- I am not here to teach my kids, they are here to teach me. Most wondrously, they teach me to slow down, they teach me to really look at the butterfly or the caterpillar or the cloud shaped like a bowl of spaghetti. They teach me to have fun and laugh. Remember when you were a kid they ask, and inevitably something goofy happens. In that moment, there is pure joy, and no cares about what others might think, or questioning about how they should be asking. Some days, (many more lately as we draw to the end of the summer), they teach me patience. They remind me of the importance of stopping, taking a breath. They remind me to meditate every day -sometimes twice! They are wise beyond their years. And I humbly learn from them.
- Grey hairs are earned and called wisdom highlights (also can be called platinum highlights).
- Stretching before and after vigorous exercise actually takes more time than the exercise itself.
- Having a quiet weekend with nothing to do, is not only awesome, but rewarding and rejuvenating. Imagine slowing down to enjoy nothingness.
- Stretch marks, age spots, wrinkles, and extra weight in the mid-section are my trophies. I have earned each and every one! They are reminders that I have lived, and survived, and thrived. This one took a while to get to, and no, I am not the mold that the magazines show, but I can say I am at peace with myself. I can say, I love myself. (Oh, this just evoked a little emotion here). Hear that inner child? I love you! Just the way you are! (I need a tissue now).
- Age is really just a number. The huge life-shifting leanings have only come in the last five to 10 years. Oh, to go back and tell my 25 year old self to calm down, because honestly, it will all work out, and better than expected.
If you think you can you will, if you think you can’t you won’t, either way you are right – Henry Ford: or There are no limits – be Free! (Thank you Huna Principle # 2)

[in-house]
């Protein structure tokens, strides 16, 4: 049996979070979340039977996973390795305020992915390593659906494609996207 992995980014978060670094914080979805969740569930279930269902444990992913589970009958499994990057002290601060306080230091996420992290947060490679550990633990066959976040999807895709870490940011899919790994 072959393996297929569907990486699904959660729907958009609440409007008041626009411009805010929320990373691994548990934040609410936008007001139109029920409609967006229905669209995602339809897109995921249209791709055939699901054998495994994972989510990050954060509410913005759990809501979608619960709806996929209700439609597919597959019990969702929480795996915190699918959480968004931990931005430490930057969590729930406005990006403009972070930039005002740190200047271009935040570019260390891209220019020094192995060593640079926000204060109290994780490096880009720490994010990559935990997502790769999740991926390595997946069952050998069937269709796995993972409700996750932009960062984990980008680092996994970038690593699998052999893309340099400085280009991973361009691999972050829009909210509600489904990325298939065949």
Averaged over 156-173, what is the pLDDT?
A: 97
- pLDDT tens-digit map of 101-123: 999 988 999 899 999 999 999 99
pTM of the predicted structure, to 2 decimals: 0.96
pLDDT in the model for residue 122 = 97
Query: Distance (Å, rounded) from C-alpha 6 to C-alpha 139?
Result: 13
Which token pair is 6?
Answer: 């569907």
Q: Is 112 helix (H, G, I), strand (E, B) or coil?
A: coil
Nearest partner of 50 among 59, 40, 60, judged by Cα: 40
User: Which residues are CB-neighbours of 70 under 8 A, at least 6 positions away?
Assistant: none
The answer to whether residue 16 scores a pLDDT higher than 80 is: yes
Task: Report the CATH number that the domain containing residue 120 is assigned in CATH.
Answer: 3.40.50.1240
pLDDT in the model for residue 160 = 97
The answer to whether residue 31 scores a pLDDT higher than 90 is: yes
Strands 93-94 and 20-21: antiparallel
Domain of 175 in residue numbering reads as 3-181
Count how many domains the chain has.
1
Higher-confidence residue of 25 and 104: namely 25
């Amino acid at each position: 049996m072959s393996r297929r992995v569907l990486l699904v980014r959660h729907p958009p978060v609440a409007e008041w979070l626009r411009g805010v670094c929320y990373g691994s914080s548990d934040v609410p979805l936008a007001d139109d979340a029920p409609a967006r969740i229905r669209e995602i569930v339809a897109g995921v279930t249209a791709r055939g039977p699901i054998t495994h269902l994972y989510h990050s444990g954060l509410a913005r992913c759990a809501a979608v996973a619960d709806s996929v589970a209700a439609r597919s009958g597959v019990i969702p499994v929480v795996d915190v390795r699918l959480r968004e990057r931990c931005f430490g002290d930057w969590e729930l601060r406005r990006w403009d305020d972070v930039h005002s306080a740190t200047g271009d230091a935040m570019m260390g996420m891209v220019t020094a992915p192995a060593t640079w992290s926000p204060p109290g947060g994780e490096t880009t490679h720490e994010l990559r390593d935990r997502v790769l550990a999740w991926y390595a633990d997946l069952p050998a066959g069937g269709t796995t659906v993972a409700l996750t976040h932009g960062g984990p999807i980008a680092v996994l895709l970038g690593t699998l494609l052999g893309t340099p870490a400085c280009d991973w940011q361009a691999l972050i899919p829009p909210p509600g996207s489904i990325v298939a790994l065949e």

This came through for me in a number of ways in the last few years:
- Energy healing: When Huna healing came into my awareness I just wanted to feel better and for my son to feel better too. When we both did, the student in me awoke and wanted to learn more. And, I read every book my teacher recommended and I googled everything on Huna, which because it means secret was a fairly short search. The essence of it though, while I could watch my teacher in action, while I could read about it, nothing happened until I actually, stopped, breathed and jumped in with two feet to feel and work with the energetic field. No amount of hearing someone talking about it was going to help me learn. And even now, healing practice in place and all, I learn, from each one of my clients. It’s incredible.
- Photography: Despite having my super deluxe camera for 10 years, I wanted to learn how to use the manual settings. So, I did take a course, thank you Antonia Giroux Photography! I needed to at least know the basics. But the doing, the getting out there with the different light, times of day, that’s how the learning happened, and continues to happen. It’s magic really!
- Forrest Yoga: I am the biggest gal in this class. And when I started six months ago I watched in awe as the limber ladies were effortlessly doing handstands, and inversions. At first my inner critic was loud, you can’t do that, and gravity works harder on you then on the skinny yogis – but I ignored that critic. I sweat, I cursed (sometimes under my breath, sometimes out loud), I even cried, but with a little extra cushioning on my body, I nailed it! yes, in my last class I did a handstand on the wall! Thank you Forrest Yoga in Milton, Ontario! Learning does involve practice and sweating, but it’s worth it!
What’s next in learning? Well, that book for sure, and the book tour. The Healing Centre opening up there too. And then? Whatever the world throws at me. I’ve got my sleeves rolled up and I am ready to dig in. Bring it world!
*photo credit: Me!